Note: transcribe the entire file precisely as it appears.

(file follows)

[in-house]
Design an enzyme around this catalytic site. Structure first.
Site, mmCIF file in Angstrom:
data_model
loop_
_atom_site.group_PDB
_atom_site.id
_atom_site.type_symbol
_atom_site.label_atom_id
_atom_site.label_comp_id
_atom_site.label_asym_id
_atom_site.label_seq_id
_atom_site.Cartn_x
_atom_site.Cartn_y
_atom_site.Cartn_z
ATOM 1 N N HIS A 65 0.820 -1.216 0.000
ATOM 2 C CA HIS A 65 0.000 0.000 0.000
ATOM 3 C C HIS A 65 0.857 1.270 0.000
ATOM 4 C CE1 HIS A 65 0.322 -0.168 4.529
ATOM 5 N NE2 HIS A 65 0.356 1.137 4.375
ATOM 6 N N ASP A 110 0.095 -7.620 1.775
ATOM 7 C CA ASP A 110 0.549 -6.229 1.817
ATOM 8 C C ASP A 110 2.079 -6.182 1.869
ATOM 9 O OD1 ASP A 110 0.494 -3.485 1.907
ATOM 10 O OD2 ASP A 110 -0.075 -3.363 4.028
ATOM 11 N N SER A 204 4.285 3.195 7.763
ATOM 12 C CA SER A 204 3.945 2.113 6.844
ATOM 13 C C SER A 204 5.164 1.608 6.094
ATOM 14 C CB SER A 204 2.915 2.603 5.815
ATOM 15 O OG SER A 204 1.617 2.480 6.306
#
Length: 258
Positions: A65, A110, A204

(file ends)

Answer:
[in-house]
Design an enzyme around this catalytic site. Structure first.
Site, mmCIF file in Angstrom:
data_model
loop_
_atom_site.group_PDB
_atom_site.id
_atom_site.type_symbol
_atom_site.label_atom_id
_atom_site.label_comp_id
_atom_site.label_asym_id
_atom_site.label_seq_id
_atom_site.Cartn_x
_atom_site.Cartn_y
_atom_site.Cartn_z
ATOM 1 N N HIS A 65 0.820 -1.216 0.000
ATOM 2 C CA HIS A 65 0.000 0.000 0.000
ATOM 3 C C HIS A 65 0.857 1.270 0.000
ATOM 4 C CE1 HIS A 65 0.322 -0.168 4.529
ATOM 5 N NE2 HIS A 65 0.356 1.137 4.375
ATOM 6 N N ASP A 110 0.095 -7.620 1.775
ATOM 7 C CA ASP A 110 0.549 -6.229 1.817
ATOM 8 C C ASP A 110 2.079 -6.182 1.869
ATOM 9 O OD1 ASP A 110 0.494 -3.485 1.907
ATOM 10 O OD2 ASP A 110 -0.075 -3.363 4.028
ATOM 11 N N SER A 204 4.285 3.195 7.763
ATOM 12 C CA SER A 204 3.945 2.113 6.844
ATOM 13 C C SER A 204 5.164 1.608 6.094
ATOM 14 C CB SER A 204 2.915 2.603 5.815
ATOM 15 O OG SER A 204 1.617 2.480 6.306
#
Length: 258
Positions: A65, A110, A204